A growing number of cities are turning to the criminal justice system as a means of addressing homelessness, a report from the National Law Center on Homelessness and Poverty finds. “Mean Sweeps” examines the progress of this trend in the 50 largest cities in the United States.
Mean Sweeps updates a 1994 Law Center report on the criminalization of homelessness by local governments, finding that government actions taken to restrict homeless people’s use of public space and begging have increased in many cities during the past two years.
The new report includes information on numbers of homeless persons, shelter beds, housing costs, minimum wage levels, and public assistance available in the cities. By city officials’ own estimates, in virtually every city the number of homeless people greatly exceeds the number of emergency shelter and transitional housing spaces.
The report found:
- · 38% of the cities have initiated crackdowns on homeless people in the past several years.
- · 54% of the cities have engaged in recent police “sweeps” of homeless people.
- · 77% of the cities for which information was available have ordinances that prohibited or restricted begging.
During the last four years, 31% of the cities for which information was available have enacted new ordinances or amended existing ones to restrict begging.
Five cities are named as having the “meanest streets” due to their clear intention to expel their homeless residents from their city limits or for their concerted, focused efforts to restrict harshly their homeless residents’ use of public spaces. The cities are Atlanta, San Francisco, New York, Dallas, and San Diego.
Cleveland was a part of this list last year, but was taken off the list this year in part because of the harsh tactics that other cities had adopted. Two lawsuits that the Coalition for the Homeless filed have temporarily curtailed the City of Cleveland’s aggressive response to criminalizing homelessness. Cleveland was listed as softening its approach to homeless people because of legal action taken by the Northeast Ohio Coalition for the Homeless.
Legal challenges to anti-homeless laws have had mixed results. Courts have struck down ordinances or portions of ordinances on the grounds that they violate the constitutional rights of homeless people. Other courts have upheld ordinances or city practices.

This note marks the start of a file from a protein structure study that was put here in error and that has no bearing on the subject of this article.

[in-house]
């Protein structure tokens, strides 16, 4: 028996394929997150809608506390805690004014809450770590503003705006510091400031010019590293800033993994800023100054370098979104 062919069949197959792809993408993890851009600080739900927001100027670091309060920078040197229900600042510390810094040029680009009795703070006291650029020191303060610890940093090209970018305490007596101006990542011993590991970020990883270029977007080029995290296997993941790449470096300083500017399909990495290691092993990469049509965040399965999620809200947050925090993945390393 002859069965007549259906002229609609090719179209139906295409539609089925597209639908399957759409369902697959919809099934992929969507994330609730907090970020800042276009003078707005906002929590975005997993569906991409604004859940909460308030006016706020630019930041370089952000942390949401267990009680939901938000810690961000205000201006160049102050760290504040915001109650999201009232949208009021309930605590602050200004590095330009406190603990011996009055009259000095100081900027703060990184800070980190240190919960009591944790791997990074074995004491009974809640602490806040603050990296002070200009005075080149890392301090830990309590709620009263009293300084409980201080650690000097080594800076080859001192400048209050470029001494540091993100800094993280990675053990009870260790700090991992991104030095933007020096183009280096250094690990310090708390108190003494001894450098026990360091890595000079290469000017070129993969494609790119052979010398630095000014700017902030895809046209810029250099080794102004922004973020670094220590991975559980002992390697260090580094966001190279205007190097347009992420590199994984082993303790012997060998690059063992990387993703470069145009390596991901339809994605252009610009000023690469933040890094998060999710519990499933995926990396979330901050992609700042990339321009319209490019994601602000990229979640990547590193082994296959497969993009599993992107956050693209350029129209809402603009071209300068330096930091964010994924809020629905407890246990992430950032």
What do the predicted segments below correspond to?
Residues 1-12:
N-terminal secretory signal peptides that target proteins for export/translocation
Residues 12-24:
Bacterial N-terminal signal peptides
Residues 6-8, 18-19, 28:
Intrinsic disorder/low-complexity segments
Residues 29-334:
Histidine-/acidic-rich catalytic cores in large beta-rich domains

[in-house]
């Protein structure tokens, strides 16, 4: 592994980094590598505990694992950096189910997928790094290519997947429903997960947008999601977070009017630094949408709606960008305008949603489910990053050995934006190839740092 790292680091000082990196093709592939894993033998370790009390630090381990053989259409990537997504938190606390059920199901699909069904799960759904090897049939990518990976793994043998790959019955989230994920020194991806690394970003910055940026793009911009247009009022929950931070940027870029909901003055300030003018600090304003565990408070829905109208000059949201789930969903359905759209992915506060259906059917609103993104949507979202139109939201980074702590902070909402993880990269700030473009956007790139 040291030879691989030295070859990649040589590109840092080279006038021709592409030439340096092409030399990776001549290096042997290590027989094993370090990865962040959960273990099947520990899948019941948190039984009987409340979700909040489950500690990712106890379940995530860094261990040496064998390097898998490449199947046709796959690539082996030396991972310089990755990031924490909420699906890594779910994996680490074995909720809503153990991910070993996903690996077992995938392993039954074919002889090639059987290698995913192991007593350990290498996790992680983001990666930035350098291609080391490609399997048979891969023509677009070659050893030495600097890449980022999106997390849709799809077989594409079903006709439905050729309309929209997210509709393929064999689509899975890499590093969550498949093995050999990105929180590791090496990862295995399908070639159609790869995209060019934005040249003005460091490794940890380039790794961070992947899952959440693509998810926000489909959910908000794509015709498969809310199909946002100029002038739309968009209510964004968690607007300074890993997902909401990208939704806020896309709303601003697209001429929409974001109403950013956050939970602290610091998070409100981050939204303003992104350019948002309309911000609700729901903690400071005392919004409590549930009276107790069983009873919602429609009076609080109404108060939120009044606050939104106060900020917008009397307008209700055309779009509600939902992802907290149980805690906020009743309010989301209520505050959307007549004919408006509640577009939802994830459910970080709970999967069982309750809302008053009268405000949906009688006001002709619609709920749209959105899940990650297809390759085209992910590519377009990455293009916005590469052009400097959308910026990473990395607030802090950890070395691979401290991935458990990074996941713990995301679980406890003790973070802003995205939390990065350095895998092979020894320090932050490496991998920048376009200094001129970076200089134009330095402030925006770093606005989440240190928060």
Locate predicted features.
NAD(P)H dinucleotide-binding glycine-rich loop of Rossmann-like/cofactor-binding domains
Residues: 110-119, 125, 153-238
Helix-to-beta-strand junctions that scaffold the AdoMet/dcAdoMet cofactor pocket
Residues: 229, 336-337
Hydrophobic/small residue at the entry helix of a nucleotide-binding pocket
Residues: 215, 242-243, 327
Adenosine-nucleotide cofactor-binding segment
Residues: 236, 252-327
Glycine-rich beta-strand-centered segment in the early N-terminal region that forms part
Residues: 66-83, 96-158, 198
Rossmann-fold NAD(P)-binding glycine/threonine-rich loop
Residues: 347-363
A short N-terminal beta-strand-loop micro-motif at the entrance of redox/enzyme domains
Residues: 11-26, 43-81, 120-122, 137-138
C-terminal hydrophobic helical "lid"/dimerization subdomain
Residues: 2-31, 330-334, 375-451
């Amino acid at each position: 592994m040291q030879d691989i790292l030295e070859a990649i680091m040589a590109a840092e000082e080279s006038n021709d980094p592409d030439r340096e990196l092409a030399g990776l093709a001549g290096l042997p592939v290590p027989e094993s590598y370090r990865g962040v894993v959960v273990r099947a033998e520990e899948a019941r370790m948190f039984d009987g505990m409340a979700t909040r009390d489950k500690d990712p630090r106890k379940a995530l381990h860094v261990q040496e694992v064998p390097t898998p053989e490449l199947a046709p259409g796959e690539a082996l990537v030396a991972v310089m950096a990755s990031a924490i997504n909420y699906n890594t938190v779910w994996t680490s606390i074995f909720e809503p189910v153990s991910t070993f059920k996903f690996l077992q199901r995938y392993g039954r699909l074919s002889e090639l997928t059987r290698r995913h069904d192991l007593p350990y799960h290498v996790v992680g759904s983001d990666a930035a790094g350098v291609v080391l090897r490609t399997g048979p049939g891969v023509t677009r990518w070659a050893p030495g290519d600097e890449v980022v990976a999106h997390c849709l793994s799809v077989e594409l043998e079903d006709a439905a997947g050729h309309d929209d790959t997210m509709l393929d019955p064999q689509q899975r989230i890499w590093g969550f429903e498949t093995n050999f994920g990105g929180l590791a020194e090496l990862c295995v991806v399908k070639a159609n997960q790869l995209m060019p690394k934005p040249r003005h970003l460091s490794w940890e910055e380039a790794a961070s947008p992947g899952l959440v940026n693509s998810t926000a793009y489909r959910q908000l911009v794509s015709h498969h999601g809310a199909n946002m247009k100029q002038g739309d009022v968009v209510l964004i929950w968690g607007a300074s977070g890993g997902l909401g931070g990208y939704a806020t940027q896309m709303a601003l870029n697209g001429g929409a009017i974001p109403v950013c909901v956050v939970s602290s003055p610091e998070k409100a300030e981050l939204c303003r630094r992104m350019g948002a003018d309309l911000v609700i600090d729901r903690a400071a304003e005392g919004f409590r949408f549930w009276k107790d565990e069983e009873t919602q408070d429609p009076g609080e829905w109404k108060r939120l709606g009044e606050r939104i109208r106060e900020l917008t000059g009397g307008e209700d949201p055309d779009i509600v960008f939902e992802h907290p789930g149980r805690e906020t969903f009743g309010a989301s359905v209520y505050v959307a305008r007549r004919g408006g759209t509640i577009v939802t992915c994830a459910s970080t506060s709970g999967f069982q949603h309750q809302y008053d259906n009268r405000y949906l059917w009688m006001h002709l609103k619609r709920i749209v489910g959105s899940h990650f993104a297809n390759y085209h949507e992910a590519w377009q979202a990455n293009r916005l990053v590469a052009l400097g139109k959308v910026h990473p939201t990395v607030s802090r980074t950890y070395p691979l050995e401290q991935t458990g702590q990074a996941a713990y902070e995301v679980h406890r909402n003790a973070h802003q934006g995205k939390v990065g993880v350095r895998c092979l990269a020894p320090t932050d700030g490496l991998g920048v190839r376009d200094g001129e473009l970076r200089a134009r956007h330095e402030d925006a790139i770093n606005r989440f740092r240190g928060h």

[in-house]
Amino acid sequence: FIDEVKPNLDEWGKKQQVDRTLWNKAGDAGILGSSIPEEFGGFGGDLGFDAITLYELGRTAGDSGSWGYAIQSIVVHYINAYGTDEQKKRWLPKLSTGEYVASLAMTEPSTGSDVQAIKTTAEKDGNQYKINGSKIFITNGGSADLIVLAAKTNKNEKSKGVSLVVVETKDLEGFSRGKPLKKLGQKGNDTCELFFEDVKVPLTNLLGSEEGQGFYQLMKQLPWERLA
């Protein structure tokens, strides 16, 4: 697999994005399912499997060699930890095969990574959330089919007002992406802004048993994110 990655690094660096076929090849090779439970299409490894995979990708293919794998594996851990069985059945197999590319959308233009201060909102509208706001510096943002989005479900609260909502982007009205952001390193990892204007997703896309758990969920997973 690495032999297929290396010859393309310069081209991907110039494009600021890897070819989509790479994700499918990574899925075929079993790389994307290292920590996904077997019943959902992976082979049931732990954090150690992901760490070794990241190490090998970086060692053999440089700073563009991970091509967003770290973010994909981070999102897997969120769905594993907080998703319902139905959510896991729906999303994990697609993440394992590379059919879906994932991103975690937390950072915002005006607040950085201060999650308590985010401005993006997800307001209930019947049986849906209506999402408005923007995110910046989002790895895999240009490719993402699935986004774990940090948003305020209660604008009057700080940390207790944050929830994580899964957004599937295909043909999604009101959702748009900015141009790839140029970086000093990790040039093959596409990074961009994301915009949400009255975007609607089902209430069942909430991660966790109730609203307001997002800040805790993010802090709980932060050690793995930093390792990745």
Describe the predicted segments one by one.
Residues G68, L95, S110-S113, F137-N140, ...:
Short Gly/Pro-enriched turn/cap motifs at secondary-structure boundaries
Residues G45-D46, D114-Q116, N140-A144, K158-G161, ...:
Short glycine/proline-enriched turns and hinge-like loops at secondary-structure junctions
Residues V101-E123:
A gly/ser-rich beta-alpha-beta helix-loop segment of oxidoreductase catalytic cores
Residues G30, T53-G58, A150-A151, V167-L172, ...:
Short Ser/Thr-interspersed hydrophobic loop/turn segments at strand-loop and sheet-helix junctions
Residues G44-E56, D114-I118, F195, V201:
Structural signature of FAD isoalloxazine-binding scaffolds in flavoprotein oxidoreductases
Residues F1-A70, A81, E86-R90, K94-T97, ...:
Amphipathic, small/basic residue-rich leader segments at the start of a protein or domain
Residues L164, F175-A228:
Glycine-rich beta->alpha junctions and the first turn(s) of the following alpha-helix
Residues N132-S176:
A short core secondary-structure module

The use of law enforcement to address public concerns about homelessness are counterproductive. They undermine homeless people’s efforts to escape poverty by creating fines and/or criminal records. They are also fiscally inefficient and wasteful of cities’ scarce fiscal resources.
The daily cost of detaining an individual in jail — not including police resources involved in arrest and processing— is roughly 25% higher than the daily cost of providing shelter, food, transportation and counseling services combined.
“These ordinances are inhumane,” said Maria Foscarinis, the Executive Director of the law center. “By penalizing people for innocent, necessary, life-sustaining conduct, cities are essentially punishing people simply for being homeless.”
Several cities have enacted more constructive alternatives to addressing public concerns about homelessness.
In Cincinnati there seems to be a growing perception that homeless people are an “eyesore,” according to the report. The report talked about the anti-panhandling ordinance, and harassment of Grapevine vendors.
In West Hollywood, the city has created an innovative community-policing program that uses service providers rather than police officers to make the first contact with homeless persons.
In response to the lack of public toilet facilities in downtown Seattle, the city offered to fund a public “hygiene center” that would provide public toilets, showers and laundry facilities free of charge for use by homeless people and other city residents.
Tucson, Arizona created a standing committee of advocates for homeless people, city government officials, and police representatives to which the city refers complaints about homeless people “camping” in certain areas in an effort to resolve complaints before taking law enforcement action.
Copyright NEOCH and the Homeless Grapevine published January – February 1997 Issue 19